Monday, February 24, 2020

England Squad Analysis Part 2

Dan Steeden in Editorial, World Cup 3 Oct 2017

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The dreaded international break has returned to interrupt our enjoyment of domestic football, and this time it is the final two World Cup qualifiers against Slovenia and Lithuania that we have to watch England struggle through.

With these fixtures comes another England squad selection, and in part 2 we will analyse the midfielders and forwards from this 25-man squad below.


Eric Dier: The defensive midfielder has started every league game for Tottenham this season and has been instrumental in their defensive solidity. With fellow England internationals Harry Kane and Dele Alli usually grabbing the headlines Dier is an often forgotten man, but he quietly gets on with his job in an effective and professional manner. He should be a definite starter for me.

Harry Winks: Dier’s Spurs teammate Harry Winks was a late call-up after Fabian Delph pulled out of the squad due to injury. Mauricio Pochettino recently described the youngster as ‘the perfect midfielder’, which is high praise indeed, and it would be great to see him gain some experience in an England shirt. A friendly might provide a better opportunity somewhere down the line though as there are other more experienced players who will start ahead of him in these two fixtures.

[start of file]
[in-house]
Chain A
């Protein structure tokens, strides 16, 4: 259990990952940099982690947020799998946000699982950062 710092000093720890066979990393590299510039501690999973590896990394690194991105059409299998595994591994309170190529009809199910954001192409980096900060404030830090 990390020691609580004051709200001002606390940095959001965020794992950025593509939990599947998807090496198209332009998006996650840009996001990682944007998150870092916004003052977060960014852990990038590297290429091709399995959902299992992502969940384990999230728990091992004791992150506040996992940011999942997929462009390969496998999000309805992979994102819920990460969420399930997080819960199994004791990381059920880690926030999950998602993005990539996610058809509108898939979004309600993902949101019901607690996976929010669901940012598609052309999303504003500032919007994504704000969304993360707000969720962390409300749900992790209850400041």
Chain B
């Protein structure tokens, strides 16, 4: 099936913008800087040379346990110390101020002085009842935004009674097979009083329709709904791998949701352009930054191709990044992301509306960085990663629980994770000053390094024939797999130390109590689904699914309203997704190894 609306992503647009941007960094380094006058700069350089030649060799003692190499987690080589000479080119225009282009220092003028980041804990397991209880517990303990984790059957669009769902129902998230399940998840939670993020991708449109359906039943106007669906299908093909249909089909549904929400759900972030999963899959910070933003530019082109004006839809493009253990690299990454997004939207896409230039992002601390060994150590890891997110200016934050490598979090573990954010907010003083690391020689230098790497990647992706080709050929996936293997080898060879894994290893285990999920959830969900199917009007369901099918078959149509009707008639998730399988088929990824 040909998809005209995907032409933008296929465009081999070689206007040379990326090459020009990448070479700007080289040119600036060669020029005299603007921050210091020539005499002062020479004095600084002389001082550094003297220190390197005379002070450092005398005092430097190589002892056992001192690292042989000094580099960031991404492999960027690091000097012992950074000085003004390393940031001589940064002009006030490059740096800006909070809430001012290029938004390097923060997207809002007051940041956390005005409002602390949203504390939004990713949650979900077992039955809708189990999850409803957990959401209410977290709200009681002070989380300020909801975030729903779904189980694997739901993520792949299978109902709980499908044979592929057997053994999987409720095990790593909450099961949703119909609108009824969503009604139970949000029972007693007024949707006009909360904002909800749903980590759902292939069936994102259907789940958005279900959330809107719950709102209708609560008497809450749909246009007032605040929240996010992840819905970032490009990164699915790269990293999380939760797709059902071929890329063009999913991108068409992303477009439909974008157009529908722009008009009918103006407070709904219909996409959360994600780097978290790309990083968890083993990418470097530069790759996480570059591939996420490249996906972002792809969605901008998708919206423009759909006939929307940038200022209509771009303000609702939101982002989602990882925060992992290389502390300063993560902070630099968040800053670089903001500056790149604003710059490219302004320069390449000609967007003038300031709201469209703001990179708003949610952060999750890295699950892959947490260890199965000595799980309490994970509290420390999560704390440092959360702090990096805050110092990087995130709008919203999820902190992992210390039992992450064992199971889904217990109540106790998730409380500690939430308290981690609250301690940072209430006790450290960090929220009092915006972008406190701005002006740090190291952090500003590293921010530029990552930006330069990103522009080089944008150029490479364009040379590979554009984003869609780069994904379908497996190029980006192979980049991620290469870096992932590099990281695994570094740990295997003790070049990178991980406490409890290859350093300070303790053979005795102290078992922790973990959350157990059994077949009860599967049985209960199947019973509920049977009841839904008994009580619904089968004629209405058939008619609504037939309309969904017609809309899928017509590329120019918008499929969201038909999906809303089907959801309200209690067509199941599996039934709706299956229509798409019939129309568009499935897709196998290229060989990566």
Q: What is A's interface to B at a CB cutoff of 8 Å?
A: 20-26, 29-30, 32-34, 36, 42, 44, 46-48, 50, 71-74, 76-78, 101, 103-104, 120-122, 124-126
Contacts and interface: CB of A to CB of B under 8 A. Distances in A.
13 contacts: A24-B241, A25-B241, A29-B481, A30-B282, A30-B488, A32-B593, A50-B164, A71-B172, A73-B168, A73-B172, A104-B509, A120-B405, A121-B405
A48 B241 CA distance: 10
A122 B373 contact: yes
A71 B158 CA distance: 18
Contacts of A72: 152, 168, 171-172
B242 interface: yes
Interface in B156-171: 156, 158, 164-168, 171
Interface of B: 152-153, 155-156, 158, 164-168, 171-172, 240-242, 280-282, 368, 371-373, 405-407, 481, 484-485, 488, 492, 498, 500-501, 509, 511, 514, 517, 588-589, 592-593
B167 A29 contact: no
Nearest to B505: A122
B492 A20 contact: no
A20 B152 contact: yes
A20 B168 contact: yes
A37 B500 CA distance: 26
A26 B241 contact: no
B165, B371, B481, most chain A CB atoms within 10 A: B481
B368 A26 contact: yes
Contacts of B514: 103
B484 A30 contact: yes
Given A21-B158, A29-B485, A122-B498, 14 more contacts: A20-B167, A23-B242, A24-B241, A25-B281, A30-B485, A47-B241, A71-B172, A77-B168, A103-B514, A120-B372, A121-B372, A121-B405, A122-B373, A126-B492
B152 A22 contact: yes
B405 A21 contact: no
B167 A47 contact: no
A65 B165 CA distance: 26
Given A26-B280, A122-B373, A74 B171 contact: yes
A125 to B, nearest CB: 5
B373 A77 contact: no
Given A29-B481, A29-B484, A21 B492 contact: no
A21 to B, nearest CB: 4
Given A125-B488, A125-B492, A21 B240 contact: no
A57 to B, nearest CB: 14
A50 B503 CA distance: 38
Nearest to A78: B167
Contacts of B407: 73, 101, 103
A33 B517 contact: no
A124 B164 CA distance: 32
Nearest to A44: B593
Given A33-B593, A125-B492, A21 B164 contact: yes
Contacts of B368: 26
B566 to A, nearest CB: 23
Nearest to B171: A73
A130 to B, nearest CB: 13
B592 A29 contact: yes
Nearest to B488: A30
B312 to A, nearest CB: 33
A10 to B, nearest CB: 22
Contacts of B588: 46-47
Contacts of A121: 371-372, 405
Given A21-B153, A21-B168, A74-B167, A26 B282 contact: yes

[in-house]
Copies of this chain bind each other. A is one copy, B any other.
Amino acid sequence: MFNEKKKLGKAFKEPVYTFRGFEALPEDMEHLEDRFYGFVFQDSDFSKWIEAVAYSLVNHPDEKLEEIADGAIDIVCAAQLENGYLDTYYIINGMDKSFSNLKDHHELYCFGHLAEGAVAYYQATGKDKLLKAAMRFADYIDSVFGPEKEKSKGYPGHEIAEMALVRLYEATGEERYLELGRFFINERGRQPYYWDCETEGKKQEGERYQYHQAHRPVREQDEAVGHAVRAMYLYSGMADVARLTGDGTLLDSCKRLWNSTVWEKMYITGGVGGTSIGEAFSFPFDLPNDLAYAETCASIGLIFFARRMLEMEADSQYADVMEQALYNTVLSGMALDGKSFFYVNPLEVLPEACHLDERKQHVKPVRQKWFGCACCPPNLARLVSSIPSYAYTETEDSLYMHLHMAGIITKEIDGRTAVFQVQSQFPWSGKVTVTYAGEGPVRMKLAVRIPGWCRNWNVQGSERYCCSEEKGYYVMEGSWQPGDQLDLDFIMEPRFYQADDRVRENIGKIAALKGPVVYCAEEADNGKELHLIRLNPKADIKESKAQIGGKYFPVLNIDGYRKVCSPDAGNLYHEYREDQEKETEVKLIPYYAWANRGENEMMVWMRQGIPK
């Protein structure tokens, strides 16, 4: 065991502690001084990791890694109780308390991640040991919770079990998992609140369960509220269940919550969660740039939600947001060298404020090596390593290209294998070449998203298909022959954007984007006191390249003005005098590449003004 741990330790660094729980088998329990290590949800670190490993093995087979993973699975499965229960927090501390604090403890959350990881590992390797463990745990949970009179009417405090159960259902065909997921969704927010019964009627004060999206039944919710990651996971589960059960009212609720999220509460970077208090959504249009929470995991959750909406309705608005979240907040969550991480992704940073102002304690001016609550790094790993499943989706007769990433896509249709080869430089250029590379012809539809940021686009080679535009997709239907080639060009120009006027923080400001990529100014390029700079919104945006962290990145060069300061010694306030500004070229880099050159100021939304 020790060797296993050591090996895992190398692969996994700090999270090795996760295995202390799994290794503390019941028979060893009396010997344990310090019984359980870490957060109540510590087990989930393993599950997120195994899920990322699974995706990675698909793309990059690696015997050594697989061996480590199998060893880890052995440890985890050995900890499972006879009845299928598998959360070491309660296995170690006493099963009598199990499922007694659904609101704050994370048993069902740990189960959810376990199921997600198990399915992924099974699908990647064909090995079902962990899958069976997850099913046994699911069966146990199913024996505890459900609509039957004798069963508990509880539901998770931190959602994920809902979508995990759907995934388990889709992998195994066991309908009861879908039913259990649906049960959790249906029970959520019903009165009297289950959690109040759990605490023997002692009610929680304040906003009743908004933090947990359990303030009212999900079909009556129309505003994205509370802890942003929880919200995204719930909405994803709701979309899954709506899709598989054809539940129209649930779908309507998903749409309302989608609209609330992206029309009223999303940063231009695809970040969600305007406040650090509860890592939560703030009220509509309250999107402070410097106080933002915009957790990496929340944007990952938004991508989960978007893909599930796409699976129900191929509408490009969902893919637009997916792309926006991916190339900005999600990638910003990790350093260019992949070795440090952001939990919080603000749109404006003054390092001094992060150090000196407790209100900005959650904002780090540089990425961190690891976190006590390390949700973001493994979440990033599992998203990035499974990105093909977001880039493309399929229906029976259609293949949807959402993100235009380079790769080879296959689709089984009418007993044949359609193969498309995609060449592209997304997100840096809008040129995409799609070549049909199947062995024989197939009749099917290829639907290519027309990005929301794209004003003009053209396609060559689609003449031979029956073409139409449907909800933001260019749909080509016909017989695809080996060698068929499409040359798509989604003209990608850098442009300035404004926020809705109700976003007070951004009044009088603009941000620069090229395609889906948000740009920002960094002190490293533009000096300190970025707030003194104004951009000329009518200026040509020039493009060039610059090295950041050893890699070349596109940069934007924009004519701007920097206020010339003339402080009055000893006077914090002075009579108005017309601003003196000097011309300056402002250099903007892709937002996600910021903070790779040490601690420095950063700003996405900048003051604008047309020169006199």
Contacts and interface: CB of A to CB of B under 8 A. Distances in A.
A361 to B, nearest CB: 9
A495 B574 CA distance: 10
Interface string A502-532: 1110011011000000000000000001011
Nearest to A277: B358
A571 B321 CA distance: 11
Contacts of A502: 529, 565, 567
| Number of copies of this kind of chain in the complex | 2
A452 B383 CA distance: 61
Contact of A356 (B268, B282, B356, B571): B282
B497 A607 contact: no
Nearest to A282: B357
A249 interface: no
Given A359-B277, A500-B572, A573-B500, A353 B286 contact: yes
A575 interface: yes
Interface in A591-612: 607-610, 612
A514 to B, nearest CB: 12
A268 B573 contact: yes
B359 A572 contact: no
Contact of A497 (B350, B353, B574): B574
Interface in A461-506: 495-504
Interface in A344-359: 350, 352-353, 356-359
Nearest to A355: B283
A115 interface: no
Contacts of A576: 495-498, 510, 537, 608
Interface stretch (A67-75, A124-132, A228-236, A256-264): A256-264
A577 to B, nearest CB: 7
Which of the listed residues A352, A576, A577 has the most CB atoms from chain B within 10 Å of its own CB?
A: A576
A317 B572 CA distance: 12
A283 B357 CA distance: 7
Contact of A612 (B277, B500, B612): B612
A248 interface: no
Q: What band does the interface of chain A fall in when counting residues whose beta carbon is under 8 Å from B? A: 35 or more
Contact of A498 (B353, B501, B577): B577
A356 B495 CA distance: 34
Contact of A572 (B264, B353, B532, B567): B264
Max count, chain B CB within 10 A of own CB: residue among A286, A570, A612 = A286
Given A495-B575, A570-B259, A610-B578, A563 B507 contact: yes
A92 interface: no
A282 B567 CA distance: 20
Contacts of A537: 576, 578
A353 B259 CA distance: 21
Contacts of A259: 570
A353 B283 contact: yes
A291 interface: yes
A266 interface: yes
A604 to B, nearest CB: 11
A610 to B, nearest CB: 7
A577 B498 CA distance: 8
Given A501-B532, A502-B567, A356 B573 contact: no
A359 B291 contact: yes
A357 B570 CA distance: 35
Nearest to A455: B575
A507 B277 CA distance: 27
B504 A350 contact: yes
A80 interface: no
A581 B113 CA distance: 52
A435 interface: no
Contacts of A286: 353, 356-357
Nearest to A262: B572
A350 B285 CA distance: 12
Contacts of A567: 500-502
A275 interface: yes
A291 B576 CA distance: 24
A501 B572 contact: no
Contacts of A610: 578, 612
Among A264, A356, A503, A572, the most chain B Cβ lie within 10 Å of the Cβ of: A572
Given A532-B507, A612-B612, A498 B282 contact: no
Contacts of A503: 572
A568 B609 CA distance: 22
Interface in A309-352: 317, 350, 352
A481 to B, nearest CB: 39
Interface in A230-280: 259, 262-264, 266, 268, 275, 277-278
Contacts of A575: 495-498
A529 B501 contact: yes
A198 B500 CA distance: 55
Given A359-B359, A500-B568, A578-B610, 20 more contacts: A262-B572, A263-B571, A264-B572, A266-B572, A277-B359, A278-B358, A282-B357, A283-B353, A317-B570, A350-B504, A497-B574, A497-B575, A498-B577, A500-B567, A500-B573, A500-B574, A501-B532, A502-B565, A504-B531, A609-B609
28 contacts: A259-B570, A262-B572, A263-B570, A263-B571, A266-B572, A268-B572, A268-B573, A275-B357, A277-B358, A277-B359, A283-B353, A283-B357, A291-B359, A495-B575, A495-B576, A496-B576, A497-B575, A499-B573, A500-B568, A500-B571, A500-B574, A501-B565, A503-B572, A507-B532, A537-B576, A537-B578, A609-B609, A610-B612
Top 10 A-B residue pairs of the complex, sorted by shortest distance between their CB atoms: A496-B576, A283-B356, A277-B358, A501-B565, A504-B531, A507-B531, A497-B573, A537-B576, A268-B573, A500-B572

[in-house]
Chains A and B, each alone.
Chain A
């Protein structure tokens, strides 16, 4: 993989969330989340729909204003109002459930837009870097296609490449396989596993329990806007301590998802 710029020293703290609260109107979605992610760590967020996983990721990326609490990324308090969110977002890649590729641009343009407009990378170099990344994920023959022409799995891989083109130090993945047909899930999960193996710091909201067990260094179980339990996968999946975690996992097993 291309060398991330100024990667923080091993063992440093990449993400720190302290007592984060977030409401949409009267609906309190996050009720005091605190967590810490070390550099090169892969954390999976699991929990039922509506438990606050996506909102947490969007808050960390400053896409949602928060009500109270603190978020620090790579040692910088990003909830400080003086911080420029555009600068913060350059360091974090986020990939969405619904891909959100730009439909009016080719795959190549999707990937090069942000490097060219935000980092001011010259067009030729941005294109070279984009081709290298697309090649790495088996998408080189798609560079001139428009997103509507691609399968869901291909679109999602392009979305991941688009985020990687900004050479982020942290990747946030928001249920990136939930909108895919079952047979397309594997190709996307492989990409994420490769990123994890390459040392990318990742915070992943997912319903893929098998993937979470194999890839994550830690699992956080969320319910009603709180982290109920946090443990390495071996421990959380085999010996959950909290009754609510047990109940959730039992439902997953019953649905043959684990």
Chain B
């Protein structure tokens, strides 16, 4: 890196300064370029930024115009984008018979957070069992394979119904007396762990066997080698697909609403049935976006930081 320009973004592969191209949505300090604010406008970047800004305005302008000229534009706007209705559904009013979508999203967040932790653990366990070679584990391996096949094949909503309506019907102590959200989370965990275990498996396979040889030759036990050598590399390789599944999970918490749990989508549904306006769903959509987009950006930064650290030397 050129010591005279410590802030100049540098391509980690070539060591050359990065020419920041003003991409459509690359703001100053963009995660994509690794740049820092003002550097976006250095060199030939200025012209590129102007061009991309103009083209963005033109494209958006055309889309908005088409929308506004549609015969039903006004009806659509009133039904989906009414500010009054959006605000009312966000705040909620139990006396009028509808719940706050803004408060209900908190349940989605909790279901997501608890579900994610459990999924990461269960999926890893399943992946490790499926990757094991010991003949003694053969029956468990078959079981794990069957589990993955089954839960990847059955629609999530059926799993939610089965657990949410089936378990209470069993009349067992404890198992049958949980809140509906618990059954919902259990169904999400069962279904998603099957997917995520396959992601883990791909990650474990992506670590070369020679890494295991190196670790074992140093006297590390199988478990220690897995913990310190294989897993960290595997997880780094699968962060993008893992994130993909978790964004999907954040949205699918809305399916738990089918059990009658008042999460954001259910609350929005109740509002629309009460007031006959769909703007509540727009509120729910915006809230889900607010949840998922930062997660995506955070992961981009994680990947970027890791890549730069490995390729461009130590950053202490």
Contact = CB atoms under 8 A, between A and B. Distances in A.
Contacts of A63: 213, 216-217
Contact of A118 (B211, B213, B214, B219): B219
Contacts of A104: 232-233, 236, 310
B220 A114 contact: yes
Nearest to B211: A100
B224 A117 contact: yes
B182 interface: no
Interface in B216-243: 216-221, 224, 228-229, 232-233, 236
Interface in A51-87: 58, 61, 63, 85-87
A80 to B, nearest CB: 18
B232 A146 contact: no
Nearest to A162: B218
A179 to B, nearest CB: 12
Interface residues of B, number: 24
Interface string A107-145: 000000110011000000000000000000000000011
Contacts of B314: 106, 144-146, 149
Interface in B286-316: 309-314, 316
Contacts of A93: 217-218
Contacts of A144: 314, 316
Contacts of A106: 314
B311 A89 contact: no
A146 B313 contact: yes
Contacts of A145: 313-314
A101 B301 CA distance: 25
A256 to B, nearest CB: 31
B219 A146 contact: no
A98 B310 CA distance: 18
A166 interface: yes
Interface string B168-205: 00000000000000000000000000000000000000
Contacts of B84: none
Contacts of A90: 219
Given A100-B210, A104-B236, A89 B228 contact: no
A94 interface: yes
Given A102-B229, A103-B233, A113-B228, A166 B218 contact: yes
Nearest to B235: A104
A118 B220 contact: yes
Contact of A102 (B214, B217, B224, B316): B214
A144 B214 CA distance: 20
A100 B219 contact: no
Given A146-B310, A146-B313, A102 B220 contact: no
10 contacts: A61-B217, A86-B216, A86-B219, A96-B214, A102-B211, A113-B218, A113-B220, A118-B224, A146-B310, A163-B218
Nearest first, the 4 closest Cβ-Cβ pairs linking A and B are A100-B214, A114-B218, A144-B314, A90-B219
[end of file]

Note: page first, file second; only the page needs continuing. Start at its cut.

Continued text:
Jake Livermore: The West Brom midfielder is one of the more questionable inclusions, but Southgate seems to see something in the 27-year old. He is a decent player but there are others who I would start ahead of him, and perhaps some more exciting younger players who could have been given the nod ahead of Livermore. To his credit he has looked solid in his previous appearances for England.

Jordan Henderson: One of the few real leaders in this squad, Henderson has an impressive range of passing and his energy and creativity have developed under Jurgen Klopp. The Liverpool man has captained England a few times under Southgate and he is a consistent performer, which should earn him starts in both of these games. The pressing style that he has learned under Klopp should also be useful if England start to adopt this style more often.

Raheem Sterling: One of Pep Guardiola’s favourites at Manchester City, Sterling has scored five league goals in seven games this season, and most of those are from the bench. He has had a devastating impact when introduced as a substitute this season, and this is perhaps how he could best be utilised for England. His pace and direct style of play can terrorise tired defenders in the later stages of games, especially when England have been struggling to break teams down.